Shell publishes new report on strategy for energy transition
Apr 12, 2018
Royal Dutch Shell plc (Shell) today published a report outlining how its strategy should enable it to thrive as the world transitions to lower-carbon energy. The Shell Energy Transition Report describes its understanding of the transition and what it means for the company. It also explains how Shell has designed its strategy not only to be a world-class investment case, and to sustain its societal licence to operate, but also to manage climate change-related risks and maximise opportunities through the transition.
The report provides examples of how Shell is already active in many of the growth areas that will drive its continued success and resilience. Shell CEO Ben van Beurden says: “Understanding what climate change means for our company is one of the biggest strategic questions on my mind today. In answering that question, we are determined to work with society and our customers. We will help and inform and encourage progress towards the aims of the Paris Agreement. And we intend to continue to provide strong returns for shareholders well into the future.”
The report contains Shell’s principal response to the recommendations of the Financial Stability Board’s Task Force on Climate-related Financial Disclosures and demonstrates the company’s near- and mid-term financial and portfolio resilience, even against its recently-published and most rapid energy transition scenario, known as Sky. It also explains how Shell’s capacity to adapt to the transition should allow it to thrive in the longer term by supplying the types of energy customers will need over the coming decades. For Shell, this means that the company will still sell the oil and gas that society needs, while preparing its portfolio to move into lower-carbon energy, when this makes commercial sense.
Shell’s strategy, global portfolio and strong financial framework provide the ability to thrive through potential changes in the energy system to 2030. Every year the company assesses its portfolio under different scenarios, including prolonged low oil prices. In addition, Shell ranks the break-even prices of its assets in the Upstream and Integrated Gas businesses to assess their resilience against low oil and gas prices. These assessments indicate a low risk of stranded assets in the current portfolio. As of 31 December 2017, Shell estimates that around 80% of its current proved oil and gas reserves will be produced by 2030, and only 20% after that time.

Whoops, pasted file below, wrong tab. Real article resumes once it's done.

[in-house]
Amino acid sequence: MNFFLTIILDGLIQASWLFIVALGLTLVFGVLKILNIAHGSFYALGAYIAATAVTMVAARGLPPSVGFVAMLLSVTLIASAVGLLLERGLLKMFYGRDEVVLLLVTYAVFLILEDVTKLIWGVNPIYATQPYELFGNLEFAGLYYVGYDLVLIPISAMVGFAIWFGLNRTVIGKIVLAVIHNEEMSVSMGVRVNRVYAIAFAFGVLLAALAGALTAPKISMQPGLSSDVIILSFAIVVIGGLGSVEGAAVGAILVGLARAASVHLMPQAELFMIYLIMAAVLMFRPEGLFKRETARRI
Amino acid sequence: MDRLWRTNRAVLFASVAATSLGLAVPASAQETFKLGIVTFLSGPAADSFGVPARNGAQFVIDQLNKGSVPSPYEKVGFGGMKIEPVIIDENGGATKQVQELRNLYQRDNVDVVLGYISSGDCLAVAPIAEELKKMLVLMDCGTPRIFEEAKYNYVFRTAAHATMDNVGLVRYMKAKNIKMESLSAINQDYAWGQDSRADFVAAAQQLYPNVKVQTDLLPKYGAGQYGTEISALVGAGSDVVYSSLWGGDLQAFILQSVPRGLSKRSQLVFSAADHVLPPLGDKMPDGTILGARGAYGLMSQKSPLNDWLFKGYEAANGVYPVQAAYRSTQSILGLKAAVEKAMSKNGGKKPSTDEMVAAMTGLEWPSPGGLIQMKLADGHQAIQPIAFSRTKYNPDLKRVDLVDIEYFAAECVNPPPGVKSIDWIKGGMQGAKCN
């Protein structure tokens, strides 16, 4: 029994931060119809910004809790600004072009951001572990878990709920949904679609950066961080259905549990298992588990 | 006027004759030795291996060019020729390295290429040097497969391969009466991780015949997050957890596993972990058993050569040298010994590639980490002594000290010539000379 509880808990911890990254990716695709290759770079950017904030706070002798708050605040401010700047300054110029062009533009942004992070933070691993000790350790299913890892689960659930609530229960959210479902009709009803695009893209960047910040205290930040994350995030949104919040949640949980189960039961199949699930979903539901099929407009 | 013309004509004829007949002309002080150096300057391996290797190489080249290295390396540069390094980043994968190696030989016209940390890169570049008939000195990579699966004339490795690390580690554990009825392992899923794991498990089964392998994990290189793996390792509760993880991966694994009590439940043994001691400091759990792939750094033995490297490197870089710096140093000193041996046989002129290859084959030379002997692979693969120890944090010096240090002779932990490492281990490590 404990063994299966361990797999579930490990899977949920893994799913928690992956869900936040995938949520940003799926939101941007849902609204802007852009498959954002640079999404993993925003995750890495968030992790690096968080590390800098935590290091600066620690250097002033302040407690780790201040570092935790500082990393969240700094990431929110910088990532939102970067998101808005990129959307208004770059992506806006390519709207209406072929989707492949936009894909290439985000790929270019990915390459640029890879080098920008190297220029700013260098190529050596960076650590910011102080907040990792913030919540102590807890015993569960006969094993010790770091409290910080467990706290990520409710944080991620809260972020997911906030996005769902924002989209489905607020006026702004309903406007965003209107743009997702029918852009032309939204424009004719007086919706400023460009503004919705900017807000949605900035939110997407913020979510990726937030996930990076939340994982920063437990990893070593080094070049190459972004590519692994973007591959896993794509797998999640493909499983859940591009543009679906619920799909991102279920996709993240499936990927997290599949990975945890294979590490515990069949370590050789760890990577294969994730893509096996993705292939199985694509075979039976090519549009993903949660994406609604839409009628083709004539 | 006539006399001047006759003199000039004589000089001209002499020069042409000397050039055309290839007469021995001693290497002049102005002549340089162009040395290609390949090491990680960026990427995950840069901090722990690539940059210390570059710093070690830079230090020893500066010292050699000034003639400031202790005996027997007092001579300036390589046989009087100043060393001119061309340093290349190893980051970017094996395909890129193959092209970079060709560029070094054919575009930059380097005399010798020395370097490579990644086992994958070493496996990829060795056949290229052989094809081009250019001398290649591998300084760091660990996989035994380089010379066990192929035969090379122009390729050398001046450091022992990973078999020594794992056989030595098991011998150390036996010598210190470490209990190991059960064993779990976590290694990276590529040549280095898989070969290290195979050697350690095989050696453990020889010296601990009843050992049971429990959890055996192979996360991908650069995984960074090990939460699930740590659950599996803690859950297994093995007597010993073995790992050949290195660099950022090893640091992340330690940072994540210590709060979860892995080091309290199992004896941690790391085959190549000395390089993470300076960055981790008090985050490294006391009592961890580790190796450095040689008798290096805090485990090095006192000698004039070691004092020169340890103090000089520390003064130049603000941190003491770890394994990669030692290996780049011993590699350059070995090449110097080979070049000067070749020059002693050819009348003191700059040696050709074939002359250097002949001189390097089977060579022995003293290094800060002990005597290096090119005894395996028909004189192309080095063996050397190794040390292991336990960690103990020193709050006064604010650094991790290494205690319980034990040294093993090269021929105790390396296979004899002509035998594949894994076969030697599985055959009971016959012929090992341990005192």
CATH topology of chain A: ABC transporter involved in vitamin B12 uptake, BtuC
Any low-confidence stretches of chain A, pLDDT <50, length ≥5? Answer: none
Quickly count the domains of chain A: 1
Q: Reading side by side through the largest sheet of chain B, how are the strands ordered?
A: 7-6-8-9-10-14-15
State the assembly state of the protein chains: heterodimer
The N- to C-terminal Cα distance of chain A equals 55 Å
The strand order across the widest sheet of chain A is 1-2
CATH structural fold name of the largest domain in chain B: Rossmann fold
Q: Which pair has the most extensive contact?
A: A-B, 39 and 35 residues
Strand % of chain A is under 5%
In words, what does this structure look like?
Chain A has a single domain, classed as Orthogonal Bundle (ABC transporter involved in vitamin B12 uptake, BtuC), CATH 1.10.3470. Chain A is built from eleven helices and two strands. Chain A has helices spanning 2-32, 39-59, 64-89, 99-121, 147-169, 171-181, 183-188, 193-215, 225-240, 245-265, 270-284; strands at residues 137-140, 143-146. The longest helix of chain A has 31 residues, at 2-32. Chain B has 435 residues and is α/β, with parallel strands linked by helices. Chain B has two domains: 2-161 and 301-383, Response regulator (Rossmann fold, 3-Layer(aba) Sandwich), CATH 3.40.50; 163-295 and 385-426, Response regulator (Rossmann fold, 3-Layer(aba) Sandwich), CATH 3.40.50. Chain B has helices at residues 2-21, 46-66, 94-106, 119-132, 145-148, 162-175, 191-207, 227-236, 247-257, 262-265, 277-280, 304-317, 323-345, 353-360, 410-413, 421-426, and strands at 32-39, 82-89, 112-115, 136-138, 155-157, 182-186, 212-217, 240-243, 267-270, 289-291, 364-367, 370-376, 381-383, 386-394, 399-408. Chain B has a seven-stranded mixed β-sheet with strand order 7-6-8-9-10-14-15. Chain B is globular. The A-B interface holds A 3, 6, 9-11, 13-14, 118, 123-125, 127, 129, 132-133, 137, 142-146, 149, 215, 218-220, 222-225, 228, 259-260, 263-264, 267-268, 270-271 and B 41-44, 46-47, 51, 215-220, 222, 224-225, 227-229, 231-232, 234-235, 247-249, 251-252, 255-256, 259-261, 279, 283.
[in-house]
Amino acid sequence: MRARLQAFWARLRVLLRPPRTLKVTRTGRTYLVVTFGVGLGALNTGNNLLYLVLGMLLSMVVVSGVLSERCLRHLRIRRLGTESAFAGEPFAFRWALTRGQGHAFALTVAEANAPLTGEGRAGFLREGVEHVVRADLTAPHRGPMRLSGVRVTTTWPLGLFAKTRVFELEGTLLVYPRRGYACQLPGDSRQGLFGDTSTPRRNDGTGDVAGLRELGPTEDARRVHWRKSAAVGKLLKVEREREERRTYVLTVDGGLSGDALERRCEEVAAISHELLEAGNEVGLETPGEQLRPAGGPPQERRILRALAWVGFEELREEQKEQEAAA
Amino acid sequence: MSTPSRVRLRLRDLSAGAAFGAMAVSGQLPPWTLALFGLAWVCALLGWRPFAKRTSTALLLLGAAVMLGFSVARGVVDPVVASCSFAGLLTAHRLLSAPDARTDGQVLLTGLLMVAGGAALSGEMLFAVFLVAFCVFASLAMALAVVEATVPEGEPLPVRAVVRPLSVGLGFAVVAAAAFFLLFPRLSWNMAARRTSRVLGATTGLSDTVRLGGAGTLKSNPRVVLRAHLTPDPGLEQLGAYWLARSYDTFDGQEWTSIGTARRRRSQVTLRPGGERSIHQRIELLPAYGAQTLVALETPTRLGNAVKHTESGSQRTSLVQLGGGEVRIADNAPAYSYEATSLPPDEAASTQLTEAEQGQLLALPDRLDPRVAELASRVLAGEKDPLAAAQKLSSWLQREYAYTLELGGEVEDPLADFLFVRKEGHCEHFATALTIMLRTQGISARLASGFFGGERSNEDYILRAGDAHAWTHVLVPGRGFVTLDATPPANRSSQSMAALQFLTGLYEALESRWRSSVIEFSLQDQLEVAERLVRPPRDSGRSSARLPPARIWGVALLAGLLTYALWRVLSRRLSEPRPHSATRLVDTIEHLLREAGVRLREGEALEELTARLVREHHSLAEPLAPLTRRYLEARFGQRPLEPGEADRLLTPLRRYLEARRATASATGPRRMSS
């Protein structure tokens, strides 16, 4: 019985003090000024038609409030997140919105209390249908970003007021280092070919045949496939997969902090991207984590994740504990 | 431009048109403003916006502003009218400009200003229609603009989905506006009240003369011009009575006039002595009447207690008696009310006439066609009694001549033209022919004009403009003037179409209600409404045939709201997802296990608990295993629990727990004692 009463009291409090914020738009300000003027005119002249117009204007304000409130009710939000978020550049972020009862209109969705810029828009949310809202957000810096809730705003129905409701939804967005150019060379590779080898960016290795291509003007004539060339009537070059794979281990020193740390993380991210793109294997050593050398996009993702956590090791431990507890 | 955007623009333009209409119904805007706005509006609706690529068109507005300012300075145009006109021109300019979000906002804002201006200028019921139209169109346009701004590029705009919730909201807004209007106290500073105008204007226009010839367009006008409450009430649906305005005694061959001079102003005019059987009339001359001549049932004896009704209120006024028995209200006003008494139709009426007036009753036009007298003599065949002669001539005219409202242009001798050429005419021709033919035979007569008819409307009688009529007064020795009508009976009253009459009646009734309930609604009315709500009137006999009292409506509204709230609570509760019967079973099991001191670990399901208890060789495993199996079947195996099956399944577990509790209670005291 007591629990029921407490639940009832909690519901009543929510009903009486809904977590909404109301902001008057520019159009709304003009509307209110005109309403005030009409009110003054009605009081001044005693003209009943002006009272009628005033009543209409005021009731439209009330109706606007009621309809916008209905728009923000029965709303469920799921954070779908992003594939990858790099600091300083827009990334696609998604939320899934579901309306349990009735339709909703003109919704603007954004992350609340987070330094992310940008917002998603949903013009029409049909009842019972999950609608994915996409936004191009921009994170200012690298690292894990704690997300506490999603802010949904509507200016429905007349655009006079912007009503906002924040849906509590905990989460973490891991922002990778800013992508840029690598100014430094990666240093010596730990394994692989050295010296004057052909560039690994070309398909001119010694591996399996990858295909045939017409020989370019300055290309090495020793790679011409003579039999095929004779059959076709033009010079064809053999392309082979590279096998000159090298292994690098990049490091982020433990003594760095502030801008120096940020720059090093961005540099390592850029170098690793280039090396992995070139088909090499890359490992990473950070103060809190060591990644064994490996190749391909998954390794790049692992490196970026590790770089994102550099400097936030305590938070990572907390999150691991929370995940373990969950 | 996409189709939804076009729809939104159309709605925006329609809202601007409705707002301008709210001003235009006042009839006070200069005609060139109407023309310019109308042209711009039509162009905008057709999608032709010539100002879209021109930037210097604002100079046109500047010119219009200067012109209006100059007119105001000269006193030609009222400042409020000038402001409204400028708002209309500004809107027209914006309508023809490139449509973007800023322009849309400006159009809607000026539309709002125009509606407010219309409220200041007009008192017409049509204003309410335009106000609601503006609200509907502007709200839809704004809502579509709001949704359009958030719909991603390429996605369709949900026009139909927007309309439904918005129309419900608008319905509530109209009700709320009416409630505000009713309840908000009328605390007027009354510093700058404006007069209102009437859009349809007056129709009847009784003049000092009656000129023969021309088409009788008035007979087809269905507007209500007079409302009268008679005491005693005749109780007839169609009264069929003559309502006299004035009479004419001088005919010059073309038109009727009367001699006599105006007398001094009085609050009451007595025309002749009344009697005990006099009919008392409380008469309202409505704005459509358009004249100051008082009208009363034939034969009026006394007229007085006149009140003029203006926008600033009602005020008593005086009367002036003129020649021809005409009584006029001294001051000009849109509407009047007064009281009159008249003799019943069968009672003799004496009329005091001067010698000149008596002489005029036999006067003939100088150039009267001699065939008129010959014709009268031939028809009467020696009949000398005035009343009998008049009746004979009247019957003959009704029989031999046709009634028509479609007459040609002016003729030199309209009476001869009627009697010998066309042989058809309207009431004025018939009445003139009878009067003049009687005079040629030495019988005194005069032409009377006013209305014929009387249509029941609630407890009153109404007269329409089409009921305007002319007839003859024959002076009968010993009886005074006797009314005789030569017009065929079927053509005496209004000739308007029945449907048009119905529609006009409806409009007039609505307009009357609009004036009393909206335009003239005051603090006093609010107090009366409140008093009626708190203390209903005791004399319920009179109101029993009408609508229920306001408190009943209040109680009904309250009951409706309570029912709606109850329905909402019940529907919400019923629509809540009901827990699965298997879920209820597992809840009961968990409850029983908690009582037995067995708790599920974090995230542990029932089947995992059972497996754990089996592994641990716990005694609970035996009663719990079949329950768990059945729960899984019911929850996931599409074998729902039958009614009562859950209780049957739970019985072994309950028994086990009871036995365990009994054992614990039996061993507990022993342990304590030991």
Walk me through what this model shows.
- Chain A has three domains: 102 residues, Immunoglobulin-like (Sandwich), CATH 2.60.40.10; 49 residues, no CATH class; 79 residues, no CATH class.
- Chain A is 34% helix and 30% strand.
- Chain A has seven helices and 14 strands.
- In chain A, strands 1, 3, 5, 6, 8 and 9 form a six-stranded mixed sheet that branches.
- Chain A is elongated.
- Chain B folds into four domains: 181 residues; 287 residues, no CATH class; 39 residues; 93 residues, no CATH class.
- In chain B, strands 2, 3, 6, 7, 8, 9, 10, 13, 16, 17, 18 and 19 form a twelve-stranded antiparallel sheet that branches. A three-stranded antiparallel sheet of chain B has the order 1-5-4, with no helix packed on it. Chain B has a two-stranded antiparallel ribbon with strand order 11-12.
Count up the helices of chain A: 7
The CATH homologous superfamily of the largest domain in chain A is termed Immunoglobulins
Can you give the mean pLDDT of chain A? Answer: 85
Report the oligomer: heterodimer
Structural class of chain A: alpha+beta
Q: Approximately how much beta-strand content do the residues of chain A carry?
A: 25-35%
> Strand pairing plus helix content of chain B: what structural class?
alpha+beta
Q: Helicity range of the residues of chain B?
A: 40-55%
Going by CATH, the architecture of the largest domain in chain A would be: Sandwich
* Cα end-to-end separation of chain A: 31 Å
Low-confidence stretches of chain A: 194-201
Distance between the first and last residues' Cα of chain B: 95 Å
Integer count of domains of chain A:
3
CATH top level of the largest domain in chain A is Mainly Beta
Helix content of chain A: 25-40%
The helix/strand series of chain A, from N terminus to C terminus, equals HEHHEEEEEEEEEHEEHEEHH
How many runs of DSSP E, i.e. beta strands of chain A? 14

In the medium term Shell will grow its business in areas it expects to be important in the energy transition, while reducing costs and improving its CO2-intensity performance. The company is expanding in the power market as it expects the energy system to increasingly electrify, and it is adjusting its businesses to meet changing demand in different countries. This includes investments in areas such as wind generation in the Netherlands, supplying power to retail customers in the UK and offering hydrogen refuelling and electric-car charging.
Longer term there is great uncertainty in how the energy transition will unfold, but Shell believes its strategic flexibility will allow it to adapt in step with society. Shell has previously announced its ambition to reduce the Net Carbon Footprint of the energy products the company sells by around half by the middle of the century in alignment with society as it moves towards implementing the Paris goals. Critically, this plan covers the full energy life cycle of the company’s products, making it unique in the energy industry. It includes not only emissions from the production of energy products, but also those from the consumption of Shell’s products by its customers, where around 85% of the emissions associated with the company’s energy products occur. Progress will be reviewed every five years to ensure it is in-step with society’s progress towards the Paris goal of limiting global warming.
To read the full report, go to www.shell.com/energytransitionreport
Notes to Editors:
- This report is a follow up to the “Shell: Energy Transitions and Portfolio Resilience” report (2016).